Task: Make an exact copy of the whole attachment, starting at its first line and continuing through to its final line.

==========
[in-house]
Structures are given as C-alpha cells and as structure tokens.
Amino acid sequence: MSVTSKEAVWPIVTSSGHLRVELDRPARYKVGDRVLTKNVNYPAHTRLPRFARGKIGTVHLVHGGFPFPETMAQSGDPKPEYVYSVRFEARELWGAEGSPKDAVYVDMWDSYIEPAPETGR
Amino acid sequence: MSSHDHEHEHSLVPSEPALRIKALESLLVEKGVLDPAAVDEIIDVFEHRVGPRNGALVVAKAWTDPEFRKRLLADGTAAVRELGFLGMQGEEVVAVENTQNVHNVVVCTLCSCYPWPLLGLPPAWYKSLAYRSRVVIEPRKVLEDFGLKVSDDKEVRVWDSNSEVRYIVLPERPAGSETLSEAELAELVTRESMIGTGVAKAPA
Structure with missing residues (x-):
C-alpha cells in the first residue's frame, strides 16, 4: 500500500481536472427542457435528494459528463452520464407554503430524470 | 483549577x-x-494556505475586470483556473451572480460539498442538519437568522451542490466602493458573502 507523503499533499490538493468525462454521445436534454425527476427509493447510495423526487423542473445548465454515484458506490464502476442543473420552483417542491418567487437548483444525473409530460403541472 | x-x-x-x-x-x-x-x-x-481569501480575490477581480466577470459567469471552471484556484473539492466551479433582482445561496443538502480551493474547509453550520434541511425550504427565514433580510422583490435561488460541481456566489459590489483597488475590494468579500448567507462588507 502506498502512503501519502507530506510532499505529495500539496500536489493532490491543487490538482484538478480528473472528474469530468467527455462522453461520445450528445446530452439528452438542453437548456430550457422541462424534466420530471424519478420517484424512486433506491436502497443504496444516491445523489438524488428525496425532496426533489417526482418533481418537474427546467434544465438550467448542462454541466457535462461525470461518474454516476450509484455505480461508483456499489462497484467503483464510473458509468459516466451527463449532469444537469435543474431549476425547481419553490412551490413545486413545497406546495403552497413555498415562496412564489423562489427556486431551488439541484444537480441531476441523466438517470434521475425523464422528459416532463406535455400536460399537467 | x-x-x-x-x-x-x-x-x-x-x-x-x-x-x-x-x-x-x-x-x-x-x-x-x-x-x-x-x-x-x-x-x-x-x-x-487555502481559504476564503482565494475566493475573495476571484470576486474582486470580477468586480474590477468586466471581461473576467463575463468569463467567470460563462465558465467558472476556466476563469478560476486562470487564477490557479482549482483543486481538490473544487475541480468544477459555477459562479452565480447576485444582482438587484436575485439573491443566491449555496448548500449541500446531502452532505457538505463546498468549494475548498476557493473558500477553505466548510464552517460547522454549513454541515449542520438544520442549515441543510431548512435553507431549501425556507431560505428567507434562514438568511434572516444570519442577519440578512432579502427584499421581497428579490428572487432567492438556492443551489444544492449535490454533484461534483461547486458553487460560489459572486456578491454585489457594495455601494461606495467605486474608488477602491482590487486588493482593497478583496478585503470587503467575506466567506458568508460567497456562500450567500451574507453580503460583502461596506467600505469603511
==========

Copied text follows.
[in-house]
Structures are given as C-alpha cells and as structure tokens.
Amino acid sequence: MSVTSKEAVWPIVTSSGHLRVELDRPARYKVGDRVLTKNVNYPAHTRLPRFARGKIGTVHLVHGGFPFPETMAQSGDPKPEYVYSVRFEARELWGAEGSPKDAVYVDMWDSYIEPAPETGR
Amino acid sequence: MSSHDHEHEHSLVPSEPALRIKALESLLVEKGVLDPAAVDEIIDVFEHRVGPRNGALVVAKAWTDPEFRKRLLADGTAAVRELGFLGMQGEEVVAVENTQNVHNVVVCTLCSCYPWPLLGLPPAWYKSLAYRSRVVIEPRKVLEDFGLKVSDDKEVRVWDSNSEVRYIVLPERPAGSETLSEAELAELVTRESMIGTGVAKAPA
Structure with missing residues (x-):
C-alpha cells in the first residue's frame, strides 16, 4: 500500500481536472427542457435528494459528463452520464407554503430524470 | 483549577x-x-494556505475586470483556473451572480460539498442538519437568522451542490466602493458573502 507523503499533499490538493468525462454521445436534454425527476427509493447510495423526487423542473445548465454515484458506490464502476442543473420552483417542491418567487437548483444525473409530460403541472 | x-x-x-x-x-x-x-x-x-481569501480575490477581480466577470459567469471552471484556484473539492466551479433582482445561496443538502480551493474547509453550520434541511425550504427565514433580510422583490435561488460541481456566489459590489483597488475590494468579500448567507462588507 502506498502512503501519502507530506510532499505529495500539496500536489493532490491543487490538482484538478480528473472528474469530468467527455462522453461520445450528445446530452439528452438542453437548456430550457422541462424534466420530471424519478420517484424512486433506491436502497443504496444516491445523489438524488428525496425532496426533489417526482418533481418537474427546467434544465438550467448542462454541466457535462461525470461518474454516476450509484455505480461508483456499489462497484467503483464510473458509468459516466451527463449532469444537469435543474431549476425547481419553490412551490413545486413545497406546495403552497413555498415562496412564489423562489427556486431551488439541484444537480441531476441523466438517470434521475425523464422528459416532463406535455400536460399537467 | x-x-x-x-x-x-x-x-x-x-x-x-x-x-x-x-x-x-x-x-x-x-x-x-x-x-x-x-x-x-x-x-x-x-x-x-487555502481559504476564503482565494475566493475573495476571484470576486474582486470580477468586480474590477468586466471581461473576467463575463468569463467567470460563462465558465467558472476556466476563469478560476486562470487564477490557479482549482483543486481538490473544487475541480468544477459555477459562479452565480447576485444582482438587484436575485439573491443566491449555496448548500449541500446531502452532505457538505463546498468549494475548498476557493473558500477553505466548510464552517460547522454549513454541515449542520438544520442549515441543510431548512435553507431549501425556507431560505428567507434562514438568511434572516444570519442577519440578512432579502427584499421581497428579490428572487432567492438556492443551489444544492449535490454533484461534483461547486458553487460560489459572486456578491454585489457594495455601494461606495467605486474608488477602491482590487486588493482593497478583496478585503470587503467575506466567506458568508460567497456562500450567500451574507453580503460583502461596506467600505469603511